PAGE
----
The ancient city of Gaur, also known as Gauda, Lakshmanavati, Lakhnauti and Jannatabad, served as the seat of many powerful dynasties over time – the Buddhist Pala kings from the 8th century onwards, the Hindu Sena kings from the 12th century on, eventually falling into the hands of the Delhi Sultanate in 1204. It thrived during the Bengal Sultanate, passing between prominent dynasties including the Ilyas Shahi, Habshi and Hussain Shahi kings.
Now a checkpoint at India’s border with Bangladesh, the Kotwali Darwazah was once the central gate in the south wall of the city of Gaur. As its name suggests, it was where the Chief of Police (kotwal) was stationed. Battlements stood on either side of the gateway for military guards to fire from; the remnants of these are still visible. The arch of the gate, already in a state of decay when photographed by Ravenshaw in the 1860s, no longer exists. Despite its state at the time, Ravenshaw wrote of the gate as being one of the most imposing structures in the ruins of Gaur.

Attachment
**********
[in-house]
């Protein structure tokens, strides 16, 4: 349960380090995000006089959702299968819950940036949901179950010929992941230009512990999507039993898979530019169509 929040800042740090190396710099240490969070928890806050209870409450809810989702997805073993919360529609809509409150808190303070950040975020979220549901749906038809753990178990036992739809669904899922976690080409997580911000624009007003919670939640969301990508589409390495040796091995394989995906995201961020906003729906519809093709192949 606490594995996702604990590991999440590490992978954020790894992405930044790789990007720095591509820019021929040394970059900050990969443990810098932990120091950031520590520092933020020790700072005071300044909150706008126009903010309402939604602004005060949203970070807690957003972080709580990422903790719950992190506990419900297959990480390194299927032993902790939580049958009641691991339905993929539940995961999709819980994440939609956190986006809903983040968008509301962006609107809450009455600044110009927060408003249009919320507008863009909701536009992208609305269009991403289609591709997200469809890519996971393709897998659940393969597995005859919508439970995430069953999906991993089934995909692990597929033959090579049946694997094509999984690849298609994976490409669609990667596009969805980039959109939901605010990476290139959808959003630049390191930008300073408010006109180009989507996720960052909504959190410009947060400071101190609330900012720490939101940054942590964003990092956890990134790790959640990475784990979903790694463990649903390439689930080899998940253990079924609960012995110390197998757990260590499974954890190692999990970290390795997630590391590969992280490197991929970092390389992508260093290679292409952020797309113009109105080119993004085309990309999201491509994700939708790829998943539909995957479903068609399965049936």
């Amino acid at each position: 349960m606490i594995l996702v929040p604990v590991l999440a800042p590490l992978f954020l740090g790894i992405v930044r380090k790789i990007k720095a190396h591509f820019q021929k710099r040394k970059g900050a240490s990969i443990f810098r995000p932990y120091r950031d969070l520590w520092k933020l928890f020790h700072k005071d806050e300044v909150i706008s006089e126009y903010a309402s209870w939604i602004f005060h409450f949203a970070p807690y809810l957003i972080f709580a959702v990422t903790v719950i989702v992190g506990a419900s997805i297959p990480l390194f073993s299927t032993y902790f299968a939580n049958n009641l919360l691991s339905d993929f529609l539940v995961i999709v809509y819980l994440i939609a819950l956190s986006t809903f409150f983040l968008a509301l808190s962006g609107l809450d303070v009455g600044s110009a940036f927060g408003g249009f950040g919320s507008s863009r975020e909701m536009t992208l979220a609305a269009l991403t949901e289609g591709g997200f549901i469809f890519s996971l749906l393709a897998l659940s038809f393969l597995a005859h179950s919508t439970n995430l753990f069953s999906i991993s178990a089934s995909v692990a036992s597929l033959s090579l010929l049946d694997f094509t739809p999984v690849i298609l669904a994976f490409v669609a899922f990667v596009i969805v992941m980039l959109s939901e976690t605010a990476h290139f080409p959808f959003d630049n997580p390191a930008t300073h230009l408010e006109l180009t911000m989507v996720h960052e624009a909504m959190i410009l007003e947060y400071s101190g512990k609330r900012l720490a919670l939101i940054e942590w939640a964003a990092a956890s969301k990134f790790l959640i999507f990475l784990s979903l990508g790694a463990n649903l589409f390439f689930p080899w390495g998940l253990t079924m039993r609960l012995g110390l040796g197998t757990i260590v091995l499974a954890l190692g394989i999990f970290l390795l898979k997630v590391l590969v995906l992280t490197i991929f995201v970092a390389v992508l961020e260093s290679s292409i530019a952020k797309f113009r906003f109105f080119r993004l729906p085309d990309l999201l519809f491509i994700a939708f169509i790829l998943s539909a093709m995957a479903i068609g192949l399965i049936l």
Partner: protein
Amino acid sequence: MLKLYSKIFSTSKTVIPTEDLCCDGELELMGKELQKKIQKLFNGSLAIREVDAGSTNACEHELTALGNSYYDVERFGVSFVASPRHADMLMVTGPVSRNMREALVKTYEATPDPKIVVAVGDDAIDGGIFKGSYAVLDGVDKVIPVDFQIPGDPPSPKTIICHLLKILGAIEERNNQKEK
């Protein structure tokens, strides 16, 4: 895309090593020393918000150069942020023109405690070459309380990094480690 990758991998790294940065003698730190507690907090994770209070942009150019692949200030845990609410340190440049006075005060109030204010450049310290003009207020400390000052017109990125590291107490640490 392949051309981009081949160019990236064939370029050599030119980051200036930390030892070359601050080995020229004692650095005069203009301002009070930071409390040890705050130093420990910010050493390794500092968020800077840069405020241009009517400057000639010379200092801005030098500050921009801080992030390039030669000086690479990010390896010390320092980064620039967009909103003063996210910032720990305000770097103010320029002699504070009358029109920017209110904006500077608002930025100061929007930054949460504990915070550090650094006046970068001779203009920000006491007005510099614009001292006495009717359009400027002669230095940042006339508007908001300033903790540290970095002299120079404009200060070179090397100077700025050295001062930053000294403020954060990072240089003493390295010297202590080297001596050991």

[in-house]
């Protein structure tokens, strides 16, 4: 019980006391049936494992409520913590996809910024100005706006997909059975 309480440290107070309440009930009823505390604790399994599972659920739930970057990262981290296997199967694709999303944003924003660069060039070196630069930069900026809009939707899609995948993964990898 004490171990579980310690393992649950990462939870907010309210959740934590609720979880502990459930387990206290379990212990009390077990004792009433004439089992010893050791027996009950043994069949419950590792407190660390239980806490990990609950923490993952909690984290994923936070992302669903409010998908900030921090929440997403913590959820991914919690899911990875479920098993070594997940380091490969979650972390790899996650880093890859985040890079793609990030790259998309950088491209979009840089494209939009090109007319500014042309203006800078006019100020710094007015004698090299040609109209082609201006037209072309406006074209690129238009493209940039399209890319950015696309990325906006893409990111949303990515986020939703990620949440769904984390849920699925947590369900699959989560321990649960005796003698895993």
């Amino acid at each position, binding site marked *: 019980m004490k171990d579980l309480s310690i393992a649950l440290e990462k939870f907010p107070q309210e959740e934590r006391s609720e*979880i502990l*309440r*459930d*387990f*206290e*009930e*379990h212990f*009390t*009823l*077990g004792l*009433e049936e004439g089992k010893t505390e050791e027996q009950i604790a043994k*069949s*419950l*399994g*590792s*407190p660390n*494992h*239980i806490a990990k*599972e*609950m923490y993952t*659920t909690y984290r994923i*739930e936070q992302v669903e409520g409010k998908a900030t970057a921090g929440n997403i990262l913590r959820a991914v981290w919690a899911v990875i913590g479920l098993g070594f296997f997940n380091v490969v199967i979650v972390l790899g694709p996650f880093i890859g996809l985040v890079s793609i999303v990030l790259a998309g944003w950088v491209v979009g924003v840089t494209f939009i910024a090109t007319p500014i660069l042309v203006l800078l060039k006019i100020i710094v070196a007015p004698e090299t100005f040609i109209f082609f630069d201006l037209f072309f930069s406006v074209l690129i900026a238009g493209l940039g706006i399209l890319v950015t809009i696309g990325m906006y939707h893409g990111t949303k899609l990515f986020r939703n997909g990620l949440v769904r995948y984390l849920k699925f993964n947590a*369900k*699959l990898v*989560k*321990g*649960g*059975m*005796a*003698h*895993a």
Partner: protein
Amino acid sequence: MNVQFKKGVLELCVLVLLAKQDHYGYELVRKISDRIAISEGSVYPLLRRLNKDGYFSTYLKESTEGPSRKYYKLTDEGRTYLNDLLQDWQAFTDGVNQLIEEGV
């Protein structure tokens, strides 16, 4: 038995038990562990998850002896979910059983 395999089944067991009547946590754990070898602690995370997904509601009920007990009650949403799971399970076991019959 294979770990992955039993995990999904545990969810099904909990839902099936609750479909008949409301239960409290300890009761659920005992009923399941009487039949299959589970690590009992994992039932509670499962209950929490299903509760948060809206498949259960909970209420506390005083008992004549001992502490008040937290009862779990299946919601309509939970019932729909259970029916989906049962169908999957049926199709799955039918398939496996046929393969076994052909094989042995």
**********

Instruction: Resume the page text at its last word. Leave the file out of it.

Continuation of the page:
This photograph was published in Gaur: Its Ruins And Inscriptions by John Henry Ravenshaw in 1878. Ravenshaw was a Bengal Civil Service worker who was stationed as Magistrate and Collector at nearby Maldah. He had the opportunity to explore and photograph Gaur between 1865 and 1867. While Ravenshaw died in 1874, this volume of photographs and notes were arranged to be published thereafter by his widow, Caroline.
To read more about Gaur, as well as view more of Ravenshaw’s photographs from the region, click here.
TitleKotwali Gate, Gaur
Album TitleGaur: Its Ruins And Inscriptions, 1878
PhotographerJohn Henry Ravenshaw
DimensionsH: 18.9 cm x W: 23.6 cm
Accession No.2016.26.1 (21)